Let us say that we have an allegedly complete (though infinite) enumeration of every computable number. We will now attempt to use diagonalization in order to produce a new computable number \(x\), that could not possibly be in our list. First we calculate the tenths place digit of the first computable number, and assign \(x\)’s tenths place digit to be something else. Then we calculate the hundredths place digit of the second computable number, and assign \(x\)’s corresponding digit to be another one. We proceed as before, until we have computed a number that could not possibly be in the enumeration. Thus, it appears that we have a contradiction, and so \(\mathbb{K}\) appears uncountable.

The problem with this “proof” is that we never showed that the number \(x\) is itself computable. When Cantor used diagonalization to prove \(\mathbb{R}\) uncountable, the resulting \(x\) was obviously a real number, even though it’s not in the “complete” list. Hence he had a contradiction. But proving that a number is computable is more difficult, because we would need to show that the computation to some arbitrary accuracy can be done in finite time. Since we haven’t done this (and in fact we cannot do it), the alleged proof falls apart.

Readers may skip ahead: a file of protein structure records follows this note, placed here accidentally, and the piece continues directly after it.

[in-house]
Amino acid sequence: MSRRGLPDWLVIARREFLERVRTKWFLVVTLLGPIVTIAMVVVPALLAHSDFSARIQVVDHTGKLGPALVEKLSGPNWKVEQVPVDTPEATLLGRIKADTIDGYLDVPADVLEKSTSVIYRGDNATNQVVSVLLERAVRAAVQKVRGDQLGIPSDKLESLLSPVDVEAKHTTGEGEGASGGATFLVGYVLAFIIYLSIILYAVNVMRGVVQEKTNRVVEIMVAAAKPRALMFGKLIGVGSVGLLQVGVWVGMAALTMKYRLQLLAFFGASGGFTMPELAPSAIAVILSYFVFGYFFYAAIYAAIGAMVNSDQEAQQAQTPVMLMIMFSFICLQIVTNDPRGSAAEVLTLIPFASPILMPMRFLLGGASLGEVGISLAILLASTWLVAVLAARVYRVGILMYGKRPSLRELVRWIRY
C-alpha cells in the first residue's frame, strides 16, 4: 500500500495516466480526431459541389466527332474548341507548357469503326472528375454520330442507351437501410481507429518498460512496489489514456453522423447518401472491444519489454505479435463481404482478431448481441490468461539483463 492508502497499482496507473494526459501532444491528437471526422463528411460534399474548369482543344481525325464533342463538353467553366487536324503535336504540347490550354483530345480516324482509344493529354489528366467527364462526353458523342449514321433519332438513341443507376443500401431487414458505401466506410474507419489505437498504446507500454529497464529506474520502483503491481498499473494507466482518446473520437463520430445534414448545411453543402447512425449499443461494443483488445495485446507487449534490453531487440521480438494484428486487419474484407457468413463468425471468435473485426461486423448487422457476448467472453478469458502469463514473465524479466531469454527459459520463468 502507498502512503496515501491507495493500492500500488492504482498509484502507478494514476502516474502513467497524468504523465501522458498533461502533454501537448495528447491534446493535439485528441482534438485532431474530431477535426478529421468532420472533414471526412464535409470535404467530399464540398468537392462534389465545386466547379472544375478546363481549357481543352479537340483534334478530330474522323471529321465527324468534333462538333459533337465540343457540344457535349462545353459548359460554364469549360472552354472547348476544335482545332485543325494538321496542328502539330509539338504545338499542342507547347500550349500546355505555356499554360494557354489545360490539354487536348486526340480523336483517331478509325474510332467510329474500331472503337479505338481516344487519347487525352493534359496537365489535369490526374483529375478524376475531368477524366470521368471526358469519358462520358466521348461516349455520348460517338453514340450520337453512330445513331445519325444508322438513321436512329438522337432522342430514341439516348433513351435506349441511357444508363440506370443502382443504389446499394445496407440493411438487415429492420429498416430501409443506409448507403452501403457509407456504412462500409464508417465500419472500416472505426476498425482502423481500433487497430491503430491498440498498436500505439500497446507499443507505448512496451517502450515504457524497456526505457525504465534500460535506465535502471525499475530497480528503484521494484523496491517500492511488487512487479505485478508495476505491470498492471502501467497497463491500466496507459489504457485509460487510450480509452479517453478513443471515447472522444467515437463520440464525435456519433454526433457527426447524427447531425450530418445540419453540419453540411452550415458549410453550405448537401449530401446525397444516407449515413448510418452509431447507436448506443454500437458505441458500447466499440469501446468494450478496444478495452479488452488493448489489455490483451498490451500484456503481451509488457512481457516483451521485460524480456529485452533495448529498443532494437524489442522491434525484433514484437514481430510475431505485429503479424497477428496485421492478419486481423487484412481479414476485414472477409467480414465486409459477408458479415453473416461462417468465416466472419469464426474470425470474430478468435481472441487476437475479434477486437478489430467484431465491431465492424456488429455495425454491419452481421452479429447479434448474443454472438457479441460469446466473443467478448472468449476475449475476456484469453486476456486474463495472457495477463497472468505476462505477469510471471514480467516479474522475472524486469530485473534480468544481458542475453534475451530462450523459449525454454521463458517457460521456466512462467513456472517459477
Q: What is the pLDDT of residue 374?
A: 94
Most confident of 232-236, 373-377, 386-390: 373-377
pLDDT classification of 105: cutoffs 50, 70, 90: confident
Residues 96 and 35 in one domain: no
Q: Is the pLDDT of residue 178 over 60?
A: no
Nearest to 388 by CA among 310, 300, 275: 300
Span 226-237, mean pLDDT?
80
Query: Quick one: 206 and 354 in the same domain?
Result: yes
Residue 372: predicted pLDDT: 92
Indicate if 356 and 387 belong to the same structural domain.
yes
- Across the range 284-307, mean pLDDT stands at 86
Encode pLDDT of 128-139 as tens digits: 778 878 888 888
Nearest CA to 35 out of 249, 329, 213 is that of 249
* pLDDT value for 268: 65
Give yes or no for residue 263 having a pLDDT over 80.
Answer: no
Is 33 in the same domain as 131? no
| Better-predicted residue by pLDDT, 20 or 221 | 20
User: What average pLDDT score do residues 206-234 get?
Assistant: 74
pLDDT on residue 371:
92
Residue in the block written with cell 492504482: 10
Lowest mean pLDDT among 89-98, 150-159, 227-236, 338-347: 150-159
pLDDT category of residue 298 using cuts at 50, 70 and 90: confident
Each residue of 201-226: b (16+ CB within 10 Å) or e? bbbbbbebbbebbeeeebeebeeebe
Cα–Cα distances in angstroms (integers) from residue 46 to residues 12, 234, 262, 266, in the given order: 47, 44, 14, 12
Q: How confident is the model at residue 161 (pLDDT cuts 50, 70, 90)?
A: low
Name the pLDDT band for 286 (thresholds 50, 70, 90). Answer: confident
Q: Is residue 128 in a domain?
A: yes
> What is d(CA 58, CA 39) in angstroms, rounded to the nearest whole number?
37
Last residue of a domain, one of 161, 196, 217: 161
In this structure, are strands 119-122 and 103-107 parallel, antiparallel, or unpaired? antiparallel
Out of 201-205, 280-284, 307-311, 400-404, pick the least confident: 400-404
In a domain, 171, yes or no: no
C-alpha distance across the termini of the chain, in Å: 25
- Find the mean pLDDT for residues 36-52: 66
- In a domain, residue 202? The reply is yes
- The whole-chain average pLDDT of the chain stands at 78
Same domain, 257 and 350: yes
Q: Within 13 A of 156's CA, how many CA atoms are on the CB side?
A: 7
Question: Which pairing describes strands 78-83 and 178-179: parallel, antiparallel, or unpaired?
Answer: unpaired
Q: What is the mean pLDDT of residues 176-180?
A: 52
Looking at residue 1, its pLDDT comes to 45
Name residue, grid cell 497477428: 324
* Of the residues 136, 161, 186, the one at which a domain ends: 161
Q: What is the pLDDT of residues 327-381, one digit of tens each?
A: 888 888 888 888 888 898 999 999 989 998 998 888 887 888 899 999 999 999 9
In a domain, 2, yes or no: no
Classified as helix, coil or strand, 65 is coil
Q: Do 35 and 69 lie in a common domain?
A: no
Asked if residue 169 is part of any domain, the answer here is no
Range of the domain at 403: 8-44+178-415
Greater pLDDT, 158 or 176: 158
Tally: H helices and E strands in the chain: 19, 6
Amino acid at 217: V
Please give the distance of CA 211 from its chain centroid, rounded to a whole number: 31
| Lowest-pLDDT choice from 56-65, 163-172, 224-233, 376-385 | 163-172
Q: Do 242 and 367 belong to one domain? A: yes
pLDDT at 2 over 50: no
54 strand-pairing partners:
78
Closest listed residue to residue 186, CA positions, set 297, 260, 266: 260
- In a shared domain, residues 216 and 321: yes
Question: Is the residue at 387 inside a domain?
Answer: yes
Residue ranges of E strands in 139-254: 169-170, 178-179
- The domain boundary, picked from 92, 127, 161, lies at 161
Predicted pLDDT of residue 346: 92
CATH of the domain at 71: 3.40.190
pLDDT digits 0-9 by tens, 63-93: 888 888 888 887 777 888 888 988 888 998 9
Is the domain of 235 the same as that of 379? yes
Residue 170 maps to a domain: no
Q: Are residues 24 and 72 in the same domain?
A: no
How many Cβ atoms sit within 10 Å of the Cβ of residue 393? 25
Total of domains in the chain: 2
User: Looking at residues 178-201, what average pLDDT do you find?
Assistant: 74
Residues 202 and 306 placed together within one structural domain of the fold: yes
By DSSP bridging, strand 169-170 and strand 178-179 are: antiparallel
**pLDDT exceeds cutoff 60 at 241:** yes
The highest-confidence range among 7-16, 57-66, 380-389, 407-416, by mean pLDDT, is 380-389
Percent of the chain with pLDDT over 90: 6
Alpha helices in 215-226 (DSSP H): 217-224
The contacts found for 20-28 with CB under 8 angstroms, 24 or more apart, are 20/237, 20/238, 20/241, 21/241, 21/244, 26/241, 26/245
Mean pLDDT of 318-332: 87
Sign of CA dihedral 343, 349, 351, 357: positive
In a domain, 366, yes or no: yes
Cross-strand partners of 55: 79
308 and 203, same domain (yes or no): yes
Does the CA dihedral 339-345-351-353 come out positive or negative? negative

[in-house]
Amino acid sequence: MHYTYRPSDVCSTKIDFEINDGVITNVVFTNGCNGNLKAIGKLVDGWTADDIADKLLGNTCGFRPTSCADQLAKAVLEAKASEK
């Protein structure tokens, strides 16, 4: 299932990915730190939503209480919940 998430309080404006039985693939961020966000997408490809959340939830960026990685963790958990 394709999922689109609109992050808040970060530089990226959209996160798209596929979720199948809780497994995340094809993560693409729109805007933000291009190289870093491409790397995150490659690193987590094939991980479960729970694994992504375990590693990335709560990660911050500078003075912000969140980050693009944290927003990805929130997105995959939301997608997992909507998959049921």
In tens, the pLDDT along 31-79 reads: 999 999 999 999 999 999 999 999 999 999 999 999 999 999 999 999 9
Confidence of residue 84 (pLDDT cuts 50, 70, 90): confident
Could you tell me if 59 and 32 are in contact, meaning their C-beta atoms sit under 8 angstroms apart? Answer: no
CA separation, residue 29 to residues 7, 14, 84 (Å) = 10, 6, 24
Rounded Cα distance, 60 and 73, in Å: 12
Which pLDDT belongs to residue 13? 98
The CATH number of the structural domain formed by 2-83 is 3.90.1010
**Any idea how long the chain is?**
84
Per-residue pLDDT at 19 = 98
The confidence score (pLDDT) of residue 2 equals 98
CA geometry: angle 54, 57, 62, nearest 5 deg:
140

It might seem straightforward at first to prove that \(x\) is computable, since the diagonalization technique appears to give an algorithm to calculate it. However the algorithm is flawed, and will enter an infinite loop from which it cannot recover. Remember that it calculates \(x\) by using each computable number in turn, which would include \(x\) itself. Let us say that \(x\) happens to be the \(i\)th number in the list. Then, in order to calculate \(x\) to the \(i\)th digit, one must first calculate \(x\) to the \(i\)th digit. The algorithm enters an infinite regress from which it cannot recover. Thus the computation fails: \(x\) is not computable, there is no contradiction, and diagonalization technique did not work.

### Conclusions

What does it mean that the set of computable numbers is countable, but the set of real numbers is not? In a very true sense, the set \(\mathbb{K}\) contains all the numbers that are *knowable*. Real numbers that aren’t computable can’t be calculated, or even thought about except in the most abstract manner (such as \(x\) from the last section, the uncalculable result of using the diagonalization process on \(\mathbb{K}\)). Yet, since \(\mathbb{R}\) is uncountable, the vast majority of real numbers must be unknowable. They are the infinite streams of digits, with absolutely no rhyme or reason to their sequences. Any real number used in day-to-day life is part of the computable set \(\mathbb{K}\).